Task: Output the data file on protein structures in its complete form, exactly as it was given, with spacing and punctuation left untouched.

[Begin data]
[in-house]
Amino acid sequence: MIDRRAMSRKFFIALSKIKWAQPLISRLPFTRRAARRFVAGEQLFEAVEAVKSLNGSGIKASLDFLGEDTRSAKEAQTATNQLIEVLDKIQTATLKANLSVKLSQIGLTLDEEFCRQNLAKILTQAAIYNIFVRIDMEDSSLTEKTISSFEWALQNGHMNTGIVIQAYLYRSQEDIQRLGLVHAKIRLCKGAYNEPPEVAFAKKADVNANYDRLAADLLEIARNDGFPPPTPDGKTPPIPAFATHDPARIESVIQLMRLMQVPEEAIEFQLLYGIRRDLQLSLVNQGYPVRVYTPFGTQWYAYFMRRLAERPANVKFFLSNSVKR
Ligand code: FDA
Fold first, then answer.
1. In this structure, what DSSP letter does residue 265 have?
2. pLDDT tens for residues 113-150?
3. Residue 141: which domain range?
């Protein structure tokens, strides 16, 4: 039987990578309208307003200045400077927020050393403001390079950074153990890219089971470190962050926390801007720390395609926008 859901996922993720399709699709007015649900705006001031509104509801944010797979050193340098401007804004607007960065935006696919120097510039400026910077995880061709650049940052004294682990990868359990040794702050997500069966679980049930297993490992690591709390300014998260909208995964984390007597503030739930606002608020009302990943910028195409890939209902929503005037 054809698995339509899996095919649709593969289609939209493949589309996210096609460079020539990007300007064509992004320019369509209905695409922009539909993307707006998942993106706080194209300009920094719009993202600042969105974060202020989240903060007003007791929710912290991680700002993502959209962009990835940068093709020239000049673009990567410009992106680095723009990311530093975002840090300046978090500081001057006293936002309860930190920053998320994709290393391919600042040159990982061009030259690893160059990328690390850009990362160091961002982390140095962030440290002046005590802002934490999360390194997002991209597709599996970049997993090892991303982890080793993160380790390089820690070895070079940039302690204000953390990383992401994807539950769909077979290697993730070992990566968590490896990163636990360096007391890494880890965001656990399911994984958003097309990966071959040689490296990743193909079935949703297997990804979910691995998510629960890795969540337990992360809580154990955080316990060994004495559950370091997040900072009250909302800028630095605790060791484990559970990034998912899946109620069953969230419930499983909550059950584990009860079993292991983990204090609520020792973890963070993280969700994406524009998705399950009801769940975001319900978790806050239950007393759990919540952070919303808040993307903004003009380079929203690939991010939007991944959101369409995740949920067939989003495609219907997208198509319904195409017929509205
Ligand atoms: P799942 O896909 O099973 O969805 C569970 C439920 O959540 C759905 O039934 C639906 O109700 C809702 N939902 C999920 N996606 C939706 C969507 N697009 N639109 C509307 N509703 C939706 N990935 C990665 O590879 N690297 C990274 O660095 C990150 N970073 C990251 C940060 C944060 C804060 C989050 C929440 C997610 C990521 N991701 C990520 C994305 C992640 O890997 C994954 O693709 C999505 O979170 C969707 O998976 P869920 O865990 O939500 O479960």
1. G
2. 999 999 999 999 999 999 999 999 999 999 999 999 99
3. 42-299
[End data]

[in-house]
Amino acid sequence: MIDRRAMSRKFFIALSKIKWAQPLISRLPFTRRAARRFVAGEQLFEAVEAVKSLNGSGIKASLDFLGEDTRSAKEAQTATNQLIEVLDKIQTATLKANLSVKLSQIGLTLDEEFCRQNLAKILTQAAIYNIFVRIDMEDSSLTEKTISSFEWALQNGHMNTGIVIQAYLYRSQEDIQRLGLVHAKIRLCKGAYNEPPEVAFAKKADVNANYDRLAADLLEIARNDGFPPPTPDGKTPPIPAFATHDPARIESVIQLMRLMQVPEEAIEFQLLYGIRRDLQLSLVNQGYPVRVYTPFGTQWYAYFMRRLAERPANVKFFLSNSVKR
Ligand code: FDA
Fold first, then answer.
1. In this structure, what DSSP letter does residue 265 have?
2. pLDDT tens for residues 113-150?
3. Residue 141: which domain range?
């Protein structure tokens, strides 16, 4: 039987990578309208307003200045400077927020050393403001390079950074153990890219089971470190962050926390801007720390395609926008 859901996922993720399709699709007015649900705006001031509104509801944010797979050193340098401007804004607007960065935006696919120097510039400026910077995880061709650049940052004294682990990868359990040794702050997500069966679980049930297993490992690591709390300014998260909208995964984390007597503030739930606002608020009302990943910028195409890939209902929503005037 054809698995339509899996095919649709593969289609939209493949589309996210096609460079020539990007300007064509992004320019369509209905695409922009539909993307707006998942993106706080194209300009920094719009993202600042969105974060202020989240903060007003007791929710912290991680700002993502959209962009990835940068093709020239000049673009990567410009992106680095723009990311530093975002840090300046978090500081001057006293936002309860930190920053998320994709290393391919600042040159990982061009030259690893160059990328690390850009990362160091961002982390140095962030440290002046005590802002934490999360390194997002991209597709599996970049997993090892991303982890080793993160380790390089820690070895070079940039302690204000953390990383992401994807539950769909077979290697993730070992990566968590490896990163636990360096007391890494880890965001656990399911994984958003097309990966071959040689490296990743193909079935949703297997990804979910691995998510629960890795969540337990992360809580154990955080316990060994004495559950370091997040900072009250909302800028630095605790060791484990559970990034998912899946109620069953969230419930499983909550059950584990009860079993292991983990204090609520020792973890963070993280969700994406524009998705399950009801769940975001319900978790806050239950007393759990919540952070919303808040993307903004003009380079929203690939991010939007991944959101369409995740949920067939989003495609219907997208198509319904195409017929509205
Ligand atoms: P799942 O896909 O099973 O969805 C569970 C439920 O959540 C759905 O039934 C639906 O109700 C809702 N939902 C999920 N996606 C939706 C969507 N697009 N639109 C509307 N509703 C939706 N990935 C990665 O590879 N690297 C990274 O660095 C990150 N970073 C990251 C940060 C944060 C804060 C989050 C929440 C997610 C990521 N991701 C990520 C994305 C992640 O890997 C994954 O693709 C999505 O979170 C969707 O998976 P869920 O865990 O939500 O479960």
1. G
2. 999 999 999 999 999 999 999 999 999 999 999 999 99
3. 42-299